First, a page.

The ‘’backpacker tax’’ remained intact in Australia’s 2016 Federal Budget but the government is delaying its introduction pending a review.
The Australian Government is delaying the introduction of the controversial ''backpacker tax'' for six months after strong opposition from tourism and agricultural sectors. However, they will not commit to scrapping the tax. The ''backpacker tax'' would see the tax free threshold for working holidaymakers in Australia scrapped and force them to pay 32.5c per dollar from the very first dollar earned.
According to an article on Byte.com.au, Alex de Waal, CEO of Tourism Tropical NQ, announced at a YHA Conference in Cairns that the backpacker tax has been put on hold for 6 months.
Treasurer Scott Morrison told The National Press Club, ''there are a lot of complicated issues here and I don't think we've actually resolved at a point yet where I think we've got good policy and I'm not going to back policy which I don't think is good policy, so that issue remains live." (source).
The delay is expected to be announced by the government during the election campaign.
Currently, if working holidaymakers meet certain residence criteria, they can become residents for tax purposes and avail of the tax free threshold. This means they can typically get a refund of the tax they overpaid. With the ''backpacker tax'' however, working holidaymakers will be unable to avail of the tax free threshold.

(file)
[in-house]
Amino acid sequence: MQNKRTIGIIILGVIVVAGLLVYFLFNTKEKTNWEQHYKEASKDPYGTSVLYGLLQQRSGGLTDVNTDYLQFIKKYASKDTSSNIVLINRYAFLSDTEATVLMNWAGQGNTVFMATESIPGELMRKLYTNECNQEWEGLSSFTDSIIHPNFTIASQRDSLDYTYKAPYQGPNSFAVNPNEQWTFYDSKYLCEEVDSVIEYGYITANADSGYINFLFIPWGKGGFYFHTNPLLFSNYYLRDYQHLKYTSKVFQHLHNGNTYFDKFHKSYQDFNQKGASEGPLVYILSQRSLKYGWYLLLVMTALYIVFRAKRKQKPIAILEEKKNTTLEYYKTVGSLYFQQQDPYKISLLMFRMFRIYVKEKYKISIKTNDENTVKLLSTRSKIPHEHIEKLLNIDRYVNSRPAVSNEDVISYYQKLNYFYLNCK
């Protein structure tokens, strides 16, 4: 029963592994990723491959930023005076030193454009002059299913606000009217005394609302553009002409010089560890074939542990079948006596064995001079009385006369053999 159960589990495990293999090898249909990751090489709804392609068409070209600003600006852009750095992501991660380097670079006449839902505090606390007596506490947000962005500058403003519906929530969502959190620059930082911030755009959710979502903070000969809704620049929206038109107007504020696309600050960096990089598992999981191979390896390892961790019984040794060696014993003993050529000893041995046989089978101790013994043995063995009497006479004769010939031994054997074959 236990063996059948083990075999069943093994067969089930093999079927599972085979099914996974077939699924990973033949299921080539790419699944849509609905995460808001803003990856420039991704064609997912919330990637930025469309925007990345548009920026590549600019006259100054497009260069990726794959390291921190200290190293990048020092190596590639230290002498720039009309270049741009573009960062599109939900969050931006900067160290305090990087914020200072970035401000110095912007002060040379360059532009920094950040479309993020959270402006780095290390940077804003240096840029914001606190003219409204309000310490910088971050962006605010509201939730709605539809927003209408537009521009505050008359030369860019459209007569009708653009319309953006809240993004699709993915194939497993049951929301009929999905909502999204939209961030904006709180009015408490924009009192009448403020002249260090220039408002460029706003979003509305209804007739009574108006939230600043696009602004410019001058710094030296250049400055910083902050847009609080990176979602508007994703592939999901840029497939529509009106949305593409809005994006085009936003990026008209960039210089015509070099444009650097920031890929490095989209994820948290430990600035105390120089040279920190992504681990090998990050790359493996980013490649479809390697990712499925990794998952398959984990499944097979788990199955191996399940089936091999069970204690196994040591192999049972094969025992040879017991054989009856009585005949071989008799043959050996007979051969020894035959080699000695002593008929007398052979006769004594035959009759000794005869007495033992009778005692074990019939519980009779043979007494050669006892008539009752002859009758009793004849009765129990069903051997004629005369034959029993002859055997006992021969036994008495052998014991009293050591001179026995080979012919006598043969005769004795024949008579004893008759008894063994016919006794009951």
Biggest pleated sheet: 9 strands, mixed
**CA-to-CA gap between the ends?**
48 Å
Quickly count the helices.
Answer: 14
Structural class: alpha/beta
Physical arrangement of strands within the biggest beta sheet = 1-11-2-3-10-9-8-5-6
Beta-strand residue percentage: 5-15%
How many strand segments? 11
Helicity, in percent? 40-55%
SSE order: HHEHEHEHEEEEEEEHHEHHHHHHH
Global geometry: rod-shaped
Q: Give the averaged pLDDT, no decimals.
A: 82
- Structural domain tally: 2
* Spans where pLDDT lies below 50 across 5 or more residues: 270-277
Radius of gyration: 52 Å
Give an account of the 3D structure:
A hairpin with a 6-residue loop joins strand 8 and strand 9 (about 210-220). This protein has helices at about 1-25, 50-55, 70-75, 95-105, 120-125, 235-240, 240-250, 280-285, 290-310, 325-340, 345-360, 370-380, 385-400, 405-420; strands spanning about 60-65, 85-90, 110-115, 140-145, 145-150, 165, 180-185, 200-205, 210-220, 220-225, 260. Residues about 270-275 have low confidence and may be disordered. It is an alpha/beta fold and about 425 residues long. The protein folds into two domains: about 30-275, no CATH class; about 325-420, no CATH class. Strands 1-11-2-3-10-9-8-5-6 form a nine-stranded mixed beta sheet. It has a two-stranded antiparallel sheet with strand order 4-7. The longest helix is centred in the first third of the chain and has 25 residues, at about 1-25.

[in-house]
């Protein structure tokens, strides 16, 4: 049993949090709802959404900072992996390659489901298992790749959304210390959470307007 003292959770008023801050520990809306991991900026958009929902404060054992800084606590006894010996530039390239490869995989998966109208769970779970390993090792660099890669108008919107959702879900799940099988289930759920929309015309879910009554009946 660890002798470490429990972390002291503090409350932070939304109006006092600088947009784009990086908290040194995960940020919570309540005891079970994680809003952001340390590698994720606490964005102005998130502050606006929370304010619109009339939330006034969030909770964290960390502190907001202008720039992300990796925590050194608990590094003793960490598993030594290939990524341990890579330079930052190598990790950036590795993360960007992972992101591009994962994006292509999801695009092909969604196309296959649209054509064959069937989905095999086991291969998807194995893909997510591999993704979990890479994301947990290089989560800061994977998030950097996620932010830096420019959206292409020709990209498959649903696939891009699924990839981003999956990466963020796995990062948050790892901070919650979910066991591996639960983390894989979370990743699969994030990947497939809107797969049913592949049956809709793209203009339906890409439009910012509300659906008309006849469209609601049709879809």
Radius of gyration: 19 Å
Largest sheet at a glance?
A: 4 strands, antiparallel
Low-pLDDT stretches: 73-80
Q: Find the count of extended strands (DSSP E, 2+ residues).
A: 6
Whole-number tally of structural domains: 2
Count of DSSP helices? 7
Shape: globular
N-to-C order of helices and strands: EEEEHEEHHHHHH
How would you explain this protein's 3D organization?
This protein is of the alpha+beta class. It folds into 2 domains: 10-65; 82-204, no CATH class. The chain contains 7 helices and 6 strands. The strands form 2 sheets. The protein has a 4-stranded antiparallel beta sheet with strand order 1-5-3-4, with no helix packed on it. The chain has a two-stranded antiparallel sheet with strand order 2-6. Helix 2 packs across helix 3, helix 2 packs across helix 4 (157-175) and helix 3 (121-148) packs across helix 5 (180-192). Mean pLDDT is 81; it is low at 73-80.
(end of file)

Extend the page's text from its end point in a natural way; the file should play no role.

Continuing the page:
The average superannuation refund is $1908
Resident and Non-resident Tax Rates 2014/15:
Opposition to the tax
Critics of the backpacker tax say that it will cause a decline in the number of working holidaymakers coming to Australia, which would be detrimental to tourism and agriculture in the country.
According to a government report last year, the number of first working holiday visas (subclass 417) granted in 2014-15 saw a reduction of 5.4% compared to 2013-14. As at June 2015, there were 136,892 working holiday visa holders in Australia (1st and 2nd visas) representing a 5.7% reduction in the number compared to 30 June 2014.
If the tax hike comes into force, backpackers may instead look to neighbouring New Zealand where they will be taxed 19.5c on the dollar up to NZ$38,000.
The National Farming Federation (NFF) had asked for a compromise of a 19% flat tax as working holidaymakers fill an important gap in the agricultural and horticultural industry, often taking up jobs Australians simply won’t do such as fruitpicking. Farmers are concerned that if they don’t have the workers in high season then fruit and vegetables could be left to rot.
The President of the NFF says, “We have received more than 31,000 signatures on a petition opposing this measure. We have banded together, both as an industry and across sectors, to show that the negative impacts will be wide-reaching and felt by thousands of Australian families. We have given clear examples of what this pain will involve. It is now time for the Government to respond to the risk imposed on the sector by a measure that will chase working holiday makers away from Australia and, in the process, decimate the agricultural workforce’’. source
They have set up a petition to oppose the changes.
Many feel that the delay merely reinforces the uncertainty over the fate of the tax and does nothing to ease the worries of farmers across the country. Although there has been no confirmation that the government's position on the issue has changed, it is hoped that they can come to a compromise and look at some of the alternatives such as those proposed by the NFF.
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